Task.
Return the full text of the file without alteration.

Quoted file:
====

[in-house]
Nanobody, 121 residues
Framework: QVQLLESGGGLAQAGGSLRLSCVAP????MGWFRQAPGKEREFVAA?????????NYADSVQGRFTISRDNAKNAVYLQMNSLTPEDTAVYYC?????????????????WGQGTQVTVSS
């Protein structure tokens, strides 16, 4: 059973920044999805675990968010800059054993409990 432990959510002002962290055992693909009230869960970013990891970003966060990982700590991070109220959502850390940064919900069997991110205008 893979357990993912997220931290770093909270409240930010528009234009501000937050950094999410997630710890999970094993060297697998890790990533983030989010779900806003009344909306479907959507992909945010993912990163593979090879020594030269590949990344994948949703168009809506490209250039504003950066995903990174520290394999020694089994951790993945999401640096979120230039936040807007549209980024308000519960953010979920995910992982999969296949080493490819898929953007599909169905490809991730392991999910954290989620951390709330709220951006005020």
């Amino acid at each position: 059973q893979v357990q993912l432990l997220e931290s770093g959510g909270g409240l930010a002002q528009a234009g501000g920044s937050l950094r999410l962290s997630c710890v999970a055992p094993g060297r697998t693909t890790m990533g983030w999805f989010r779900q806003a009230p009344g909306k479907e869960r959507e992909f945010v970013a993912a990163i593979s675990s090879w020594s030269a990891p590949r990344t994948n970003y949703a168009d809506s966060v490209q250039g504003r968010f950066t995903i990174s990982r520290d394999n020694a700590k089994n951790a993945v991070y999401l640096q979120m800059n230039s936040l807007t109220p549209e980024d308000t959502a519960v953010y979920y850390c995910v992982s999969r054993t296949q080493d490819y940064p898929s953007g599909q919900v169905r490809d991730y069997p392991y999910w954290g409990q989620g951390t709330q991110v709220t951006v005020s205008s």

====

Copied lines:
[in-house]
Nanobody, 121 residues
Framework: QVQLLESGGGLAQAGGSLRLSCVAP????MGWFRQAPGKEREFVAA?????????NYADSVQGRFTISRDNAKNAVYLQMNSLTPEDTAVYYC?????????????????WGQGTQVTVSS
């Protein structure tokens, strides 16, 4: 059973920044999805675990968010800059054993409990 432990959510002002962290055992693909009230869960970013990891970003966060990982700590991070109220959502850390940064919900069997991110205008 893979357990993912997220931290770093909270409240930010528009234009501000937050950094999410997630710890999970094993060297697998890790990533983030989010779900806003009344909306479907959507992909945010993912990163593979090879020594030269590949990344994948949703168009809506490209250039504003950066995903990174520290394999020694089994951790993945999401640096979120230039936040807007549209980024308000519960953010979920995910992982999969296949080493490819898929953007599909169905490809991730392991999910954290989620951390709330709220951006005020």
């Amino acid at each position: 059973q893979v357990q993912l432990l997220e931290s770093g959510g909270g409240l930010a002002q528009a234009g501000g920044s937050l950094r999410l962290s997630c710890v999970a055992p094993g060297r697998t693909t890790m990533g983030w999805f989010r779900q806003a009230p009344g909306k479907e869960r959507e992909f945010v970013a993912a990163i593979s675990s090879w020594s030269a990891p590949r990344t994948n970003y949703a168009d809506s966060v490209q250039g504003r968010f950066t995903i990174s990982r520290d394999n020694a700590k089994n951790a993945v991070y999401l640096q979120m800059n230039s936040l807007t109220p549209e980024d308000t959502a519960v953010y979920y850390c995910v992982s999969r054993t296949q080493d490819y940064p898929s953007g599909q919900v169905r490809d991730y069997p392991y999910w954290g409990q989620g951390t709330q991110v709220t951006v005020s205008s």